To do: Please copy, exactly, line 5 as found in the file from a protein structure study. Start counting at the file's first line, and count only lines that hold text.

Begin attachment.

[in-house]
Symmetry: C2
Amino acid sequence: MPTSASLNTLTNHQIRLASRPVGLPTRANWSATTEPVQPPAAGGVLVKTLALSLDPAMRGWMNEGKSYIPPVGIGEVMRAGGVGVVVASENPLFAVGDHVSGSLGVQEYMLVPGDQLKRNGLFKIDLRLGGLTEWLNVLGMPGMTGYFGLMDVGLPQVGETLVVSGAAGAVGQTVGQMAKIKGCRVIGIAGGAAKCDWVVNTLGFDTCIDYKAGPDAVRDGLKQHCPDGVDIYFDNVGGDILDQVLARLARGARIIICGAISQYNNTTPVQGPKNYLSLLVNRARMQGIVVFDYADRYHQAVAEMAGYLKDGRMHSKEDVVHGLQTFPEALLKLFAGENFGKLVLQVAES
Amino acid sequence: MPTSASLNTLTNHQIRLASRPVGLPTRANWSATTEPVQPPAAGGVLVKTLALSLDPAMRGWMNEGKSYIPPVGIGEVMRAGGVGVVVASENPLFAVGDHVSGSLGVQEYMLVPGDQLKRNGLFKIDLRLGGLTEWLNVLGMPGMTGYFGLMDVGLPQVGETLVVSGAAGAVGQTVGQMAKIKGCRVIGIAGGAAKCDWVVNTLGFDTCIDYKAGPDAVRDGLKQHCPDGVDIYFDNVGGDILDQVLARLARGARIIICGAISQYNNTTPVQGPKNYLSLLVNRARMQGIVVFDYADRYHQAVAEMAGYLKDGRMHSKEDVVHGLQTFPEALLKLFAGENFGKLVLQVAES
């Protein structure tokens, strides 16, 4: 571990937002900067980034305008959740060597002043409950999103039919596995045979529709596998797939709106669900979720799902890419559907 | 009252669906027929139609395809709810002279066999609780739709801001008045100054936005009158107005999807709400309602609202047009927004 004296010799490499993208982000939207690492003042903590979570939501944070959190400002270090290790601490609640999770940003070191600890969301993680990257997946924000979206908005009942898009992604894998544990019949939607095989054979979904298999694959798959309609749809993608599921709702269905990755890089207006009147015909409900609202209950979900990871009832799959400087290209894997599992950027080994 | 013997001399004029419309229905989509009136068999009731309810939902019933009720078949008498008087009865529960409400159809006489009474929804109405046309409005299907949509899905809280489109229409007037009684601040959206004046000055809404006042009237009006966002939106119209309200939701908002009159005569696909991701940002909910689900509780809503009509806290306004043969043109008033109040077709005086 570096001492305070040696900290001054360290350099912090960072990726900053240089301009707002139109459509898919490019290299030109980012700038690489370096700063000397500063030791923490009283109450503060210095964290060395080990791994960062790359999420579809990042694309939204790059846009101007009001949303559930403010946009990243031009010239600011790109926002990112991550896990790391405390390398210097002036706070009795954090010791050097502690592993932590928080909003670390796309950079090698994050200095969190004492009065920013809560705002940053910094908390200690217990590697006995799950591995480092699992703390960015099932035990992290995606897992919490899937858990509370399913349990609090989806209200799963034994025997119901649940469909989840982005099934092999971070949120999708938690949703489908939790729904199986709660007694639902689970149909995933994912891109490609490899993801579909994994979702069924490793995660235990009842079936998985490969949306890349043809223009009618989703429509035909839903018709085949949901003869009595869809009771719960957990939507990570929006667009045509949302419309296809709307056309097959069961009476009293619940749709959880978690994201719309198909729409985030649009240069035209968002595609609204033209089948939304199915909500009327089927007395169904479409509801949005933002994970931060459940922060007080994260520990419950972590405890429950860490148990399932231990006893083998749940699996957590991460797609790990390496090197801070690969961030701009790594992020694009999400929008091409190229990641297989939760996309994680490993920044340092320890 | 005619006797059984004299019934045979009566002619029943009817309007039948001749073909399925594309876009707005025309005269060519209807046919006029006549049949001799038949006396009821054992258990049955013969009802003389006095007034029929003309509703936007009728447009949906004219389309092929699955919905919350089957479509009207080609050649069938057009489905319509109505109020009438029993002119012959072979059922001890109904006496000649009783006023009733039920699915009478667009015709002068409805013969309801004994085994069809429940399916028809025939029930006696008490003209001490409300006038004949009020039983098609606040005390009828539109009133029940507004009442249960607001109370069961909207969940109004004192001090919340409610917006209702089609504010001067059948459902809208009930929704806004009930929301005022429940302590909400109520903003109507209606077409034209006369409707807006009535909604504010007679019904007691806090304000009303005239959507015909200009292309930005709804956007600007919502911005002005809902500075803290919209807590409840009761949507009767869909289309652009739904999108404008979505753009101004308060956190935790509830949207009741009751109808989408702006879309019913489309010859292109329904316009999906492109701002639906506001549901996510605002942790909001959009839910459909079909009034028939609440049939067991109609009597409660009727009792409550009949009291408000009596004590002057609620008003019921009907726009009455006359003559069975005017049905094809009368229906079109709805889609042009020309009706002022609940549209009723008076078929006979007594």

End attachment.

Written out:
């Protein structure tokens, strides 16, 4: 571990937002900067980034305008959740060597002043409950999103039919596995045979529709596998797939709106669900979720799902890419559907 | 009252669906027929139609395809709810002279066999609780739709801001008045100054936005009158107005999807709400309602609202047009927004 004296010799490499993208982000939207690492003042903590979570939501944070959190400002270090290790601490609640999770940003070191600890969301993680990257997946924000979206908005009942898009992604894998544990019949939607095989054979979904298999694959798959309609749809993608599921709702269905990755890089207006009147015909409900609202209950979900990871009832799959400087290209894997599992950027080994 | 013997001399004029419309229905989509009136068999009731309810939902019933009720078949008498008087009865529960409400159809006489009474929804109405046309409005299907949509899905809280489109229409007037009684601040959206004046000055809404006042009237009006966002939106119209309200939701908002009159005569696909991701940002909910689900509780809503009509806290306004043969043109008033109040077709005086 570096001492305070040696900290001054360290350099912090960072990726900053240089301009707002139109459509898919490019290299030109980012700038690489370096700063000397500063030791923490009283109450503060210095964290060395080990791994960062790359999420579809990042694309939204790059846009101007009001949303559930403010946009990243031009010239600011790109926002990112991550896990790391405390390398210097002036706070009795954090010791050097502690592993932590928080909003670390796309950079090698994050200095969190004492009065920013809560705002940053910094908390200690217990590697006995799950591995480092699992703390960015099932035990992290995606897992919490899937858990509370399913349990609090989806209200799963034994025997119901649940469909989840982005099934092999971070949120999708938690949703489908939790729904199986709660007694639902689970149909995933994912891109490609490899993801579909994994979702069924490793995660235990009842079936998985490969949306890349043809223009009618989703429509035909839903018709085949949901003869009595869809009771719960957990939507990570929006667009045509949302419309296809709307056309097959069961009476009293619940749709959880978690994201719309198909729409985030649009240069035209968002595609609204033209089948939304199915909500009327089927007395169904479409509801949005933002994970931060459940922060007080994260520990419950972590405890429950860490148990399932231990006893083998749940699996957590991460797609790990390496090197801070690969961030701009790594992020694009999400929008091409190229990641297989939760996309994680490993920044340092320890 | 005619006797059984004299019934045979009566002619029943009817309007039948001749073909399925594309876009707005025309005269060519209807046919006029006549049949001799038949006396009821054992258990049955013969009802003389006095007034029929003309509703936007009728447009949906004219389309092929699955919905919350089957479509009207080609050649069938057009489905319509109505109020009438029993002119012959072979059922001890109904006496000649009783006023009733039920699915009478667009015709002068409805013969309801004994085994069809429940399916028809025939029930006696008490003209001490409300006038004949009020039983098609606040005390009828539109009133029940507004009442249960607001109370069961909207969940109004004192001090919340409610917006209702089609504010001067059948459902809208009930929704806004009930929301005022429940302590909400109520903003109507209606077409034209006369409707807006009535909604504010007679019904007691806090304000009303005239959507015909200009292309930005709804956007600007919502911005002005809902500075803290919209807590409840009761949507009767869909289309652009739904999108404008979505753009101004308060956190935790509830949207009741009751109808989408702006879309019913489309010859292109329904316009999906492109701002639906506001549901996510605002942790909001959009839910459909079909009034028939609440049939067991109609009597409660009727009792409550009949009291408000009596004590002057609620008003019921009907726009009455006359003559069975005017049905094809009368229906079109709805889609042009020309009706002022609940549209009723008076078929006979007594």